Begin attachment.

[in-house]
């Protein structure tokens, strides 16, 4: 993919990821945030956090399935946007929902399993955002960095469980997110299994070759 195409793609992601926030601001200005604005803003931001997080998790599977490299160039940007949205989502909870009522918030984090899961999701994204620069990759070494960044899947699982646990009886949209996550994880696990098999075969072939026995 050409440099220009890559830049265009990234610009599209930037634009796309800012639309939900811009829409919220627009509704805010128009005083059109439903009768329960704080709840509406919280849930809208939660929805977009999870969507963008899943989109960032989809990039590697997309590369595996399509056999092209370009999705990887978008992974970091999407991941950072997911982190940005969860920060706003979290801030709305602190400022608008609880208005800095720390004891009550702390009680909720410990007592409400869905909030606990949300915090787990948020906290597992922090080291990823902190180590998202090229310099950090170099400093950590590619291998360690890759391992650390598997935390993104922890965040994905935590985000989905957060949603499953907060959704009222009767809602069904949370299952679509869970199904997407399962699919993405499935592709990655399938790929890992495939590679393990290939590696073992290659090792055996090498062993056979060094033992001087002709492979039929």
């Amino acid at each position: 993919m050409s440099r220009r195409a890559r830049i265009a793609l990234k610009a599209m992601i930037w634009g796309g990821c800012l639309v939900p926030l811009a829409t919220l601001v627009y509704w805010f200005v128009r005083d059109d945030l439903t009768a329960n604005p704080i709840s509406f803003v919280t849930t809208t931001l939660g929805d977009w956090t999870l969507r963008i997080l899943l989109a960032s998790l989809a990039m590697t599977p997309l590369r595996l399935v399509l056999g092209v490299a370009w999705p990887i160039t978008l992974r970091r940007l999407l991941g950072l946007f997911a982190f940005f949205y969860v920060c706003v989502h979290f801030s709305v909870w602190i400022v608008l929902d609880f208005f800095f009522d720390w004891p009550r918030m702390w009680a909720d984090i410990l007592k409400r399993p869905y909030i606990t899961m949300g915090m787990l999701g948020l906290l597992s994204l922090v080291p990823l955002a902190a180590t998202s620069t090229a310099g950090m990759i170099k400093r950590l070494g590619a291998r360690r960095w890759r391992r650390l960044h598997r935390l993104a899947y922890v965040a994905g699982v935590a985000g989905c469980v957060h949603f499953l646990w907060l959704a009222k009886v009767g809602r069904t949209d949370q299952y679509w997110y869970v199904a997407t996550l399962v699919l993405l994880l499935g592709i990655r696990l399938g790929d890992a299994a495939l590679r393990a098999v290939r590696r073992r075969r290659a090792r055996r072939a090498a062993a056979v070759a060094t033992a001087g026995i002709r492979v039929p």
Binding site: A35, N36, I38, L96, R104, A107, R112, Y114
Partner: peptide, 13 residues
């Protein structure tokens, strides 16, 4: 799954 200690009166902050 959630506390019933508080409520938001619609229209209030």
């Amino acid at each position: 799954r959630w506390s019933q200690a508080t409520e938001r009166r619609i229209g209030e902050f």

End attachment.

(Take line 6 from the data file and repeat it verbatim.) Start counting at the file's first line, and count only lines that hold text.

């Protein structure tokens, strides 16, 4: 799954 200690009166902050 959630506390019933508080409520938001619609229209209030």